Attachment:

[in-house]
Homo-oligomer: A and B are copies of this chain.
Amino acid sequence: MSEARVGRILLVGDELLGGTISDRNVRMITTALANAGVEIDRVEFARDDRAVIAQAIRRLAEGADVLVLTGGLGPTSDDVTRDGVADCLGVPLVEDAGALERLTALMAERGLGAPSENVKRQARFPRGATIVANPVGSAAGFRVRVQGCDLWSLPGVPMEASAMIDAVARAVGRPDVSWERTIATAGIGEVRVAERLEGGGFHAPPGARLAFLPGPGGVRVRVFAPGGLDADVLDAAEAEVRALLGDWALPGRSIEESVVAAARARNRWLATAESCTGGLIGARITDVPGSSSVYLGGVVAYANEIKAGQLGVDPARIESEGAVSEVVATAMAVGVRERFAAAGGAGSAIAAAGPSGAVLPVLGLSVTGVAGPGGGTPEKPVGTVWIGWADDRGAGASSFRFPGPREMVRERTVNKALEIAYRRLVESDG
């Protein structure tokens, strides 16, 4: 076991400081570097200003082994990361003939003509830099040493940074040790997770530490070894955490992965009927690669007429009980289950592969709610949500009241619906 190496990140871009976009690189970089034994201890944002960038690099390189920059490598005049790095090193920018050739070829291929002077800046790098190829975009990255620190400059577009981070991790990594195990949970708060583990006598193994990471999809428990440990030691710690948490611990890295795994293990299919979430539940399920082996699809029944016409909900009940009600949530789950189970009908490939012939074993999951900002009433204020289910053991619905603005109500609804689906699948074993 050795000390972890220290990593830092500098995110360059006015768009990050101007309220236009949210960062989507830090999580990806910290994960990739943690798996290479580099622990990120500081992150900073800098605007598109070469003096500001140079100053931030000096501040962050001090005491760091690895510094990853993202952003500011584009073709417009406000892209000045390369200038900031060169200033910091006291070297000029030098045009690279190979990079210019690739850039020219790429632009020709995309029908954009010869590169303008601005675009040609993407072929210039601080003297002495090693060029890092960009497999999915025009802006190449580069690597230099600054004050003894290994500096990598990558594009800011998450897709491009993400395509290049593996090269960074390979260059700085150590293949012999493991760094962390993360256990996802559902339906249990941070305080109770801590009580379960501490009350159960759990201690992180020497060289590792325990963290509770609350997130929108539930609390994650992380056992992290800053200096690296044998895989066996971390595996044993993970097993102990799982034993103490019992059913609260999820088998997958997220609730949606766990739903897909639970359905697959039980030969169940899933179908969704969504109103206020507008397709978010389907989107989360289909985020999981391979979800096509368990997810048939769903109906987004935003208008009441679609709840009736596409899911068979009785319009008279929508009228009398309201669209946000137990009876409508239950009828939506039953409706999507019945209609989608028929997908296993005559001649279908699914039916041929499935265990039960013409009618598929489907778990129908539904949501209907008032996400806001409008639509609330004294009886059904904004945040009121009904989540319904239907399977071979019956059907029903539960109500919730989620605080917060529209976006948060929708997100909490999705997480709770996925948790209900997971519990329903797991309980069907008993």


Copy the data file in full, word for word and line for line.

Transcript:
[in-house]
Homo-oligomer: A and B are copies of this chain.
Amino acid sequence: MSEARVGRILLVGDELLGGTISDRNVRMITTALANAGVEIDRVEFARDDRAVIAQAIRRLAEGADVLVLTGGLGPTSDDVTRDGVADCLGVPLVEDAGALERLTALMAERGLGAPSENVKRQARFPRGATIVANPVGSAAGFRVRVQGCDLWSLPGVPMEASAMIDAVARAVGRPDVSWERTIATAGIGEVRVAERLEGGGFHAPPGARLAFLPGPGGVRVRVFAPGGLDADVLDAAEAEVRALLGDWALPGRSIEESVVAAARARNRWLATAESCTGGLIGARITDVPGSSSVYLGGVVAYANEIKAGQLGVDPARIESEGAVSEVVATAMAVGVRERFAAAGGAGSAIAAAGPSGAVLPVLGLSVTGVAGPGGGTPEKPVGTVWIGWADDRGAGASSFRFPGPREMVRERTVNKALEIAYRRLVESDG
């Protein structure tokens, strides 16, 4: 076991400081570097200003082994990361003939003509830099040493940074040790997770530490070894955490992965009927690669007429009980289950592969709610949500009241619906 190496990140871009976009690189970089034994201890944002960038690099390189920059490598005049790095090193920018050739070829291929002077800046790098190829975009990255620190400059577009981070991790990594195990949970708060583990006598193994990471999809428990440990030691710690948490611990890295795994293990299919979430539940399920082996699809029944016409909900009940009600949530789950189970009908490939012939074993999951900002009433204020289910053991619905603005109500609804689906699948074993 050795000390972890220290990593830092500098995110360059006015768009990050101007309220236009949210960062989507830090999580990806910290994960990739943690798996290479580099622990990120500081992150900073800098605007598109070469003096500001140079100053931030000096501040962050001090005491760091690895510094990853993202952003500011584009073709417009406000892209000045390369200038900031060169200033910091006291070297000029030098045009690279190979990079210019690739850039020219790429632009020709995309029908954009010869590169303008601005675009040609993407072929210039601080003297002495090693060029890092960009497999999915025009802006190449580069690597230099600054004050003894290994500096990598990558594009800011998450897709491009993400395509290049593996090269960074390979260059700085150590293949012999493991760094962390993360256990996802559902339906249990941070305080109770801590009580379960501490009350159960759990201690992180020497060289590792325990963290509770609350997130929108539930609390994650992380056992992290800053200096690296044998895989066996971390595996044993993970097993102990799982034993103490019992059913609260999820088998997958997220609730949606766990739903897909639970359905697959039980030969169940899933179908969704969504109103206020507008397709978010389907989107989360289909985020999981391979979800096509368990997810048939769903109906987004935003208008009441679609709840009736596409899911068979009785319009008279929508009228009398309201669209946000137990009876409508239950009828939506039953409706999507019945209609989608028929997908296993005559001649279908699914039916041929499935265990039960013409009618598929489907778990129908539904949501209907008032996400806001409008639509609330004294009886059904904004945040009121009904989540319904239907399977071979019956059907029903539960109500919730989620605080917060529209976006948060929708997100909490999705997480709770996925948790209900997971519990329903797991309980069907008993």